RALEIGH, N.C. — The third rally calling for North Carolina to reopen occured in downtown Raleigh on Tuesday.

More than 100 people are believed to have been in attendance, with a few counterprotesters present as well.

According to the North Carolina Department of Public Safety, four people were arrested near the end of the rally. Among them was the #ReOpenNC movement's co-founder, Ashley Smith.

Smith, a Morganton resident, was charged with violation of an executive order and resisting a public officer, according to authorities in Wake County.

Those who participated say they’d like to see the state’s stay-at-home order lifted sooner, rather than later.

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Two legal experts on Monday said opponents to the state's stay-at-home order would have legal standing to sue but the case wouldn't be easy.

Late last week, an organizer wrote on the group's Facebook page that she was gathering information from businesses for a potential emergency injunction against the state. Co-founder Ashley Smith told Spectrum News she was not at liberty to comment on that.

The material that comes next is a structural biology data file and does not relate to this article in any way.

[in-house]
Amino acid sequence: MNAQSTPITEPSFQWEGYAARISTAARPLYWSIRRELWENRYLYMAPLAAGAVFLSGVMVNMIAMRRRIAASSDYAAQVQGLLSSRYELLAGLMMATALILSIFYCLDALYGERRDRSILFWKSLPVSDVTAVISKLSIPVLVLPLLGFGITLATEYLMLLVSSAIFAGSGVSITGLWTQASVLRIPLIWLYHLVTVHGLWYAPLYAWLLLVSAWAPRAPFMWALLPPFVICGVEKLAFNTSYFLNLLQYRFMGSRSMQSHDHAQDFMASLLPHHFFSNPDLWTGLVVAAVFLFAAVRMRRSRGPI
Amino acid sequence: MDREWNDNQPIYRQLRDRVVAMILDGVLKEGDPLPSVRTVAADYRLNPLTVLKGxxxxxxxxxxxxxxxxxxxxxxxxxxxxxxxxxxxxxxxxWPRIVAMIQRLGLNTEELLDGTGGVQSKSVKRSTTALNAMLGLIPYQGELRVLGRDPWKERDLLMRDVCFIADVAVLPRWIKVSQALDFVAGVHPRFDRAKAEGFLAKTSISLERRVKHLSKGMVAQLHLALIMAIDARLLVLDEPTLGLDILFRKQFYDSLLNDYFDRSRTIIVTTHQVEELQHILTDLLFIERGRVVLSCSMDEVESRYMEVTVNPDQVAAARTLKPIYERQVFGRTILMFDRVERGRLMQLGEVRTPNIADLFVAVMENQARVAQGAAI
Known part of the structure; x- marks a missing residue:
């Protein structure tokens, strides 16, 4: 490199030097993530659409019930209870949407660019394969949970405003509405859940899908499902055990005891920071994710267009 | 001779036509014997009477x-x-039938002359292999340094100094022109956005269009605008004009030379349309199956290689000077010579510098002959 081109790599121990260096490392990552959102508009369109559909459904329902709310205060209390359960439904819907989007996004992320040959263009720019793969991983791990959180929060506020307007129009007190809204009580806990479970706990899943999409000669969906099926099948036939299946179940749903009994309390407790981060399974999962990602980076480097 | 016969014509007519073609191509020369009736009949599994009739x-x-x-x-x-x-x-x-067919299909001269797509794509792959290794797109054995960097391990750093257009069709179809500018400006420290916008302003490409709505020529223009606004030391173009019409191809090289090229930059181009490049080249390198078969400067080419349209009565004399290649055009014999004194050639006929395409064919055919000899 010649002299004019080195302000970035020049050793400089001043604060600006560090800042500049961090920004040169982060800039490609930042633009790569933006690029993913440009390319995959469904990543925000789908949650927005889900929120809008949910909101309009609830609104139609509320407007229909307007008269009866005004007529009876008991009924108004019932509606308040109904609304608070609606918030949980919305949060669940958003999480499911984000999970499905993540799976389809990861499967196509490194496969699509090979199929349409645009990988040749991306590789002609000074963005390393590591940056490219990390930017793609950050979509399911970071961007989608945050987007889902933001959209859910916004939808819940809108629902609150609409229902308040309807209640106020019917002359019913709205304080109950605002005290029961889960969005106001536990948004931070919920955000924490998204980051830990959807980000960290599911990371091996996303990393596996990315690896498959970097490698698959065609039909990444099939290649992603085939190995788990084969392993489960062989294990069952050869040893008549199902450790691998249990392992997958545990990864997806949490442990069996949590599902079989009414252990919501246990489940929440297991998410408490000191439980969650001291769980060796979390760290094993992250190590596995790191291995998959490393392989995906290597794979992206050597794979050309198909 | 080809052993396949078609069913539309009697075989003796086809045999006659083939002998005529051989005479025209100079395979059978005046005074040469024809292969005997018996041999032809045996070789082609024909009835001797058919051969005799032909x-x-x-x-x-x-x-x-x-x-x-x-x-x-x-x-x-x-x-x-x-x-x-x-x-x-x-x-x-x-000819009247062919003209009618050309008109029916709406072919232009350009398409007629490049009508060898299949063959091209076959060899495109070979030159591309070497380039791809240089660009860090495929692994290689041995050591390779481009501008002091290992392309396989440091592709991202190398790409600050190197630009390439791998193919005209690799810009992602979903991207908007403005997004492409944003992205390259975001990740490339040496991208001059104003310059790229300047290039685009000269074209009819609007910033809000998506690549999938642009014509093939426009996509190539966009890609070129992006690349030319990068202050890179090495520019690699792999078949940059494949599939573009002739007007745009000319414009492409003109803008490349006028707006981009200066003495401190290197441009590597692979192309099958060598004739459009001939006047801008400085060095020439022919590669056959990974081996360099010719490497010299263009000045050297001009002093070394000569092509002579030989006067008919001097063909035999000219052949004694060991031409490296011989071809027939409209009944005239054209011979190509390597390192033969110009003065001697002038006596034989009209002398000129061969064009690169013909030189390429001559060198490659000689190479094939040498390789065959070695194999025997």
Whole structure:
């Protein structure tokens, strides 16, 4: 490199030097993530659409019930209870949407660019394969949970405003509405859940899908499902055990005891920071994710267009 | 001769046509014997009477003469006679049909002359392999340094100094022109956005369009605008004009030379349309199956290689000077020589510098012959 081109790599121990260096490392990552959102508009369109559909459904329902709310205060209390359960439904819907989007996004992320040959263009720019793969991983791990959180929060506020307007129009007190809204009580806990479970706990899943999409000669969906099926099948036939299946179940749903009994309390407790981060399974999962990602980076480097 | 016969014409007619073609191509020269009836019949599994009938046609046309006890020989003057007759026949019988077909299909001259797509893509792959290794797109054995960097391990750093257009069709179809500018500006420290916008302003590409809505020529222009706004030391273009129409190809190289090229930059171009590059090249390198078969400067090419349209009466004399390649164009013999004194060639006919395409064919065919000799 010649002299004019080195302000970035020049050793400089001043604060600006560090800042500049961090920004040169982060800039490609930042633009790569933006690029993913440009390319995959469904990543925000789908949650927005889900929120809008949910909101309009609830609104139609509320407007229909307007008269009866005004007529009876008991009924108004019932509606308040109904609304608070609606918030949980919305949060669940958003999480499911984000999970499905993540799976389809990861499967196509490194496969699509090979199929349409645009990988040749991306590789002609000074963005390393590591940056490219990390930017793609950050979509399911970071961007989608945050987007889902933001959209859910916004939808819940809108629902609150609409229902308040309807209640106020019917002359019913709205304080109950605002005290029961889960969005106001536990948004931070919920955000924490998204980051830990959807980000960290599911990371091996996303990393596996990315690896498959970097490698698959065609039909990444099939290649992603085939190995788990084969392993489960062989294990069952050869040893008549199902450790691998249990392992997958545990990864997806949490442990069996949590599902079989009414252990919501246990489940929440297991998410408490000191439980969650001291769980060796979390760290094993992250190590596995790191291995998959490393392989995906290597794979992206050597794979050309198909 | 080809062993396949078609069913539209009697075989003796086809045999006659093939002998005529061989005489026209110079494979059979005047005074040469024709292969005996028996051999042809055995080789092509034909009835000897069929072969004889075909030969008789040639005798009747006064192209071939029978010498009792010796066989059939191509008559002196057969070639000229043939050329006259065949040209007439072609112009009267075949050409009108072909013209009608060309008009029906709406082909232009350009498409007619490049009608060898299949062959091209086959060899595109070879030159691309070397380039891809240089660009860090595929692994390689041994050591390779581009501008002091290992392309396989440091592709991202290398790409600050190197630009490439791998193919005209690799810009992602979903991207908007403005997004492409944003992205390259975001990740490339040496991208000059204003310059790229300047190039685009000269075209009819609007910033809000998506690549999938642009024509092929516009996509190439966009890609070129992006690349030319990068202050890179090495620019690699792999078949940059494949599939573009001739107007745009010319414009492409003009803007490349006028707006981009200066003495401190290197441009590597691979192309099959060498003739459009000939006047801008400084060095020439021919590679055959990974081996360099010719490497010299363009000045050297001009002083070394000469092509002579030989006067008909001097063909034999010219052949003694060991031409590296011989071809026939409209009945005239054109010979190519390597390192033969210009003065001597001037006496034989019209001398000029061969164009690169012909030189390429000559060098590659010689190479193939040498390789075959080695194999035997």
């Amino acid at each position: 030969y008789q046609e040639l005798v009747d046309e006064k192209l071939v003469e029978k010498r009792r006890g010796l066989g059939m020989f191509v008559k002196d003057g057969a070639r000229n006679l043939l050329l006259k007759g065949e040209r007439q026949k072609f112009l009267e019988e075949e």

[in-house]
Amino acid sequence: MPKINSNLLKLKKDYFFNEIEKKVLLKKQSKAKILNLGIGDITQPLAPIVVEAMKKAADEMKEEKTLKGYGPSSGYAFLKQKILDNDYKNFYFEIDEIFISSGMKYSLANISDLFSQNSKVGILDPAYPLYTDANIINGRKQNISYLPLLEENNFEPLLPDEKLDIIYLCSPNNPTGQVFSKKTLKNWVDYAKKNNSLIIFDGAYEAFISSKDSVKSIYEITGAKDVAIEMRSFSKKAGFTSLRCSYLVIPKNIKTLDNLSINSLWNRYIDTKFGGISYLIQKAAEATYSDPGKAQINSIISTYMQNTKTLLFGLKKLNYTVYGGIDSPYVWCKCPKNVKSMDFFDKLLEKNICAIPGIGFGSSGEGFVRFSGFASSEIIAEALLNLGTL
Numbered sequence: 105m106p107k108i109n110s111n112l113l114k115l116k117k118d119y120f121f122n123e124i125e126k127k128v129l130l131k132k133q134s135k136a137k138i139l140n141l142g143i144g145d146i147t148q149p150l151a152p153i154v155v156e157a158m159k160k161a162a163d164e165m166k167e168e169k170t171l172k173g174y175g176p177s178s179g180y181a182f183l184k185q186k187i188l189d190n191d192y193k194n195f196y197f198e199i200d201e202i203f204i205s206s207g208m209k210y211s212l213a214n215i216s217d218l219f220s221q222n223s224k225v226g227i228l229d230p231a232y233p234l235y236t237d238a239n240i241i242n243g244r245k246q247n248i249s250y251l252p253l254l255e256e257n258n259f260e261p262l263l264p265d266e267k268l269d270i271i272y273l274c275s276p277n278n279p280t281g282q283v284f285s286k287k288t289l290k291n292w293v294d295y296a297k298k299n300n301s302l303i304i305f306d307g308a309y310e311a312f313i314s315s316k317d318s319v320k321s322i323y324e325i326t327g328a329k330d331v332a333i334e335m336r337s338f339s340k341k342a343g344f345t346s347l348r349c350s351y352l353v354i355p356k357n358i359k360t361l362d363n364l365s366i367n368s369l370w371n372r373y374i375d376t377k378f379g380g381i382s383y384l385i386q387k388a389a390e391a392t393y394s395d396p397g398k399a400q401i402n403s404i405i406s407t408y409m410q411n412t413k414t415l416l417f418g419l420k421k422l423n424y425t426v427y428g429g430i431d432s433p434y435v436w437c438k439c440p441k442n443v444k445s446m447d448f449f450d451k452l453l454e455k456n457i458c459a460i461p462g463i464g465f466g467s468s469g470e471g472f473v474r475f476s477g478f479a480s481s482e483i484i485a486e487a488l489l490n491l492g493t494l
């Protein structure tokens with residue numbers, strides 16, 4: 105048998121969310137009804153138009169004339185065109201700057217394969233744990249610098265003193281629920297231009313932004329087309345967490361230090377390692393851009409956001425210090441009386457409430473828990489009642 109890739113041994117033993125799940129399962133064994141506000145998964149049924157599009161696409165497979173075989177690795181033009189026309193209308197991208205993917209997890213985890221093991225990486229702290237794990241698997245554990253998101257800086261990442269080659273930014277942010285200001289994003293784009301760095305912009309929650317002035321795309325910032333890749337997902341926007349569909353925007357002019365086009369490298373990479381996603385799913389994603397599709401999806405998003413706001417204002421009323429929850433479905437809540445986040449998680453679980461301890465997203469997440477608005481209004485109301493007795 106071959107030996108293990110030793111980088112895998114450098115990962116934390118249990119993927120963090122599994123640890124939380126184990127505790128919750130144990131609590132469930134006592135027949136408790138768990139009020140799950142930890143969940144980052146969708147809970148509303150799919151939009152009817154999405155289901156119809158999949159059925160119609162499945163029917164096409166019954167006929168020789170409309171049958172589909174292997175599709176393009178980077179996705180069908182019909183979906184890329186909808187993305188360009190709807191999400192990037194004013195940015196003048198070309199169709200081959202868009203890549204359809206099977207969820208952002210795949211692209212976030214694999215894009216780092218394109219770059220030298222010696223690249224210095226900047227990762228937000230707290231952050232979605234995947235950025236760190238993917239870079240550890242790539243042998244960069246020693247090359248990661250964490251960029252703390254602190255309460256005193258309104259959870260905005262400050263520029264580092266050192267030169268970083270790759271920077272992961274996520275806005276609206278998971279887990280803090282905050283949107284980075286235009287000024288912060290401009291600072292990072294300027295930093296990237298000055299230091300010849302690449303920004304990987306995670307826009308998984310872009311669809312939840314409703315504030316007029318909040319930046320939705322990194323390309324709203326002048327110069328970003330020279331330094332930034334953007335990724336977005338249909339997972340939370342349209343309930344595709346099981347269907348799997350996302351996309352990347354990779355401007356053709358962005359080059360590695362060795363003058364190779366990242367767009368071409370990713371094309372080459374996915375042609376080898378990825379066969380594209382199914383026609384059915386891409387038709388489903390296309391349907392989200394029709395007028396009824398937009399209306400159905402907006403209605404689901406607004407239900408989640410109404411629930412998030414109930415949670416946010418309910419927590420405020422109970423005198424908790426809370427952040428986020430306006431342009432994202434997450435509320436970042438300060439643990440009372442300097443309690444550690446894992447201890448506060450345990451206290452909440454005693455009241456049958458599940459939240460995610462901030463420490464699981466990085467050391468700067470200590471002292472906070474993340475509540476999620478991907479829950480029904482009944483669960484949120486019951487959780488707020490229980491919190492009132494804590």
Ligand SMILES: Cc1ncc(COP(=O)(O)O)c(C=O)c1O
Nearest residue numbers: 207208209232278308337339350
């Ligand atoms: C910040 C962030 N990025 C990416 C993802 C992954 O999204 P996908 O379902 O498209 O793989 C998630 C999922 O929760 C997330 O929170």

UNC-Chapel Hill Prof. Bill Marshall said businesses are within their rights to sue over the state's stay-at-home order if they choose.

In order to have standing to ask for an injunction, Marshall said a plaintiff first must show there is a credible threat of enforcement and then demonstrate economic harm resulting from the order. According to him, those two tests would be easy.

However, what happens in front of the judge is another matter. Marshall said existing case law gives the state a fair amount of latitude when it comes to threats to public health. He said to expect lots of testimony from medical experts if any lawsuit goes to trial.

Another UNC law professor, Andy Hessick, said even at the injunction stage, the plaintiffs would have to prove Gov. Roy Cooper's move was unjust or illegal.

That would influence whether a judge agrees to issue a preliminary injunction to block further implementation of the order.

Hessick said even if the state can't provide legal grounds for its actions, it might still be able to justify them.